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William James College Inc.

 One Wells Avenue
 Newton, MA 02459
[P] (617) 327-6777
[F] (617) 327-4447
http://www.williamjames.edu/
advancement@williamjames.edu
Robert Whittaker
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INCORPORATED: 1978
 Printable Profile (Summary / Full)
EIN 04-2620216

LAST UPDATED: 01/04/2019
Organization DBA William James College
Former Names Massachusetts School of Professional Psychology (2015)
Organization received a competitive grant from the Boston Foundation in the past five years No

Summary

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Mission StatementMORE »

We are an independent, accredited, nonprofit professional school of psychology that educates culturally sensitive professionals to improve the mental health of individuals and organizations. Emphasizing experiential education, we attract developing professionals eager to become leaders and to advance mental health care.

Mission Statement

We are an independent, accredited, nonprofit professional school of psychology that educates culturally sensitive professionals to improve the mental health of individuals and organizations. Emphasizing experiential education, we attract developing professionals eager to become leaders and to advance mental health care.

FinancialsMORE »

Fiscal Year June 01, 2018 to May 31, 2019
Projected Income $26,550,000.00
Projected Expense $26,050,000.00

ProgramsMORE »

  • Academic Centers of Excellence
  • Bachelor’s Degree in the Psychology and Human Services Program
  • PATHWAYS Program (Providing Academic, Therapeutic & Healthy Ways to Achieve Youth Success)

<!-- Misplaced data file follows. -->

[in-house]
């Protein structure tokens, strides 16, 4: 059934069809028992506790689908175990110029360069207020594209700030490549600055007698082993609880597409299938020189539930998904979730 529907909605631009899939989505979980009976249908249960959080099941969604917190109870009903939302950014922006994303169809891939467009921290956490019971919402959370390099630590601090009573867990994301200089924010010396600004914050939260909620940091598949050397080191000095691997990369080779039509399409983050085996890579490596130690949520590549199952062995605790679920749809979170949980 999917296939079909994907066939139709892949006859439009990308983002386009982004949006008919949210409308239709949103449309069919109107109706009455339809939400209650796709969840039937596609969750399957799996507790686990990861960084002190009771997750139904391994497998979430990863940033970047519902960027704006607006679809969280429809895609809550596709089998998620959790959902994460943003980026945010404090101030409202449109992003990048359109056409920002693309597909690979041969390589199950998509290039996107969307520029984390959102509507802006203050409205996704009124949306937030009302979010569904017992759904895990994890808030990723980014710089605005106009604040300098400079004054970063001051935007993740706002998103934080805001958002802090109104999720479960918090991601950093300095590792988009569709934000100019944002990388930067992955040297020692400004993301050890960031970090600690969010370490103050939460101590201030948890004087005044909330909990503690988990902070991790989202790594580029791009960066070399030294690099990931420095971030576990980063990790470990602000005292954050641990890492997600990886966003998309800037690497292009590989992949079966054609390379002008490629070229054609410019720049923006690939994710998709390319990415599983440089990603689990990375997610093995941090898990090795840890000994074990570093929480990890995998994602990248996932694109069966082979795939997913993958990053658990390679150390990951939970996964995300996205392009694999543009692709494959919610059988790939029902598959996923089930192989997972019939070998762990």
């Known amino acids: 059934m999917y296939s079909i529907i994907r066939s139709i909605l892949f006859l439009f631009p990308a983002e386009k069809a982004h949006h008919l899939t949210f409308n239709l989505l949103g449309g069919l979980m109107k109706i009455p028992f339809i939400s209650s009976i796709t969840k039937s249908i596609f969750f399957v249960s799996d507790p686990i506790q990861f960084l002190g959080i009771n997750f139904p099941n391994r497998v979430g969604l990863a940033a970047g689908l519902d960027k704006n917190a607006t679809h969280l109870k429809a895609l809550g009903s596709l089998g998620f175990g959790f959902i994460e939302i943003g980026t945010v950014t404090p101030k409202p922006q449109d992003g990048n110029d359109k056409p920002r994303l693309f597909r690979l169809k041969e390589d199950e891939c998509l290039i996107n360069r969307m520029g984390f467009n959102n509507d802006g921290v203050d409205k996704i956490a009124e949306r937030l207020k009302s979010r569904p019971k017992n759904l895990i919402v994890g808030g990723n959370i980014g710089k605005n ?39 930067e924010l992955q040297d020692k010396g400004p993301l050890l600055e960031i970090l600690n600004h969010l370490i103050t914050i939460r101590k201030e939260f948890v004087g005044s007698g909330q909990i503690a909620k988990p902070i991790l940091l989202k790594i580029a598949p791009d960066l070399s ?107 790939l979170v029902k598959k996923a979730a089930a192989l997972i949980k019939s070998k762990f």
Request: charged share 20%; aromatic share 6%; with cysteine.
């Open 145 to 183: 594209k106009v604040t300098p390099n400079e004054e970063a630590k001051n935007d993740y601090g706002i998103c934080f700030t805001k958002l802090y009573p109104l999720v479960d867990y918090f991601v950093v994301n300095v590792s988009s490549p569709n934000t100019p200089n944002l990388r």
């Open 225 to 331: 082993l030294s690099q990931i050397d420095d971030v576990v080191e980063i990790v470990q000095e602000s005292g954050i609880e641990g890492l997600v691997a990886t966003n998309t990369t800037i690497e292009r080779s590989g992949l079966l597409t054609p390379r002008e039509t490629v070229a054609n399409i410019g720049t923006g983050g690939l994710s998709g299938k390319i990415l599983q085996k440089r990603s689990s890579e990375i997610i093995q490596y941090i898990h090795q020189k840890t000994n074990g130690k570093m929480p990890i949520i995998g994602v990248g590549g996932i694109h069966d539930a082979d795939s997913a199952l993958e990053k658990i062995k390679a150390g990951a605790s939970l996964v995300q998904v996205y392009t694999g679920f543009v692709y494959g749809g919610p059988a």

• The Dr. Leon O. Brenner Center for Psychological Assessment & Consultation
  • The Richard I. and Joan L. Freedman Center for Child and Family Development (Freedman Center)

Revenue vs. Expense ($000s)

Expense Breakdown 2017 (%)

Expense Breakdown 2016 (%)

Expense Breakdown 2015 (%)

For more details regarding the organization's financial information, select the financial tab and review available comments.


Overview

Mission Statement

We are an independent, accredited, nonprofit professional school of psychology that educates culturally sensitive professionals to improve the mental health of individuals and organizations. Emphasizing experiential education, we attract developing professionals eager to become leaders and to advance mental health care.

Background Statement

Founded in 1974, William James College is a leading, fully accredited professional school of psychology located just outside of Boston. The largest graduate training institution of psychologists in New England, the college offers Masters and Doctoral programs in Clinical Psychology, Counseling Psychology, School Psychology, and Organizational Leadership Psychology. In 2017, William James College expanded its graduate school curriculum to include a Bachelor’s completion program – the only one of its kind in New England. The Bachelor of Science Degree in the Psychology and Human Services program (BS-PHS program) partners with community colleges and human services employers to place students and the underemployed on mental health career pathways. The college’s Core Values are: (1) Experiential Education: Integrate rigorous academic instruction with substantial clinical experience. (2) Social Responsibility: Educate providers to meet a diverse society's evolving mental health needs including cultural competence and language training. Develop programs and partnerships to ensure access to mental health care for all persons. And, (3) Personal Growth: Foster a supportive, challenging and available learning environment that pays careful attention to personal and professional development.

The school enrolls over 750 students. From the first day students arrive on campus, they work directly with clients and patients in real world environments—with close mentoring from our practitioner faculty and field supervisors. The college partners with more than 350 organizations for field placements for our students.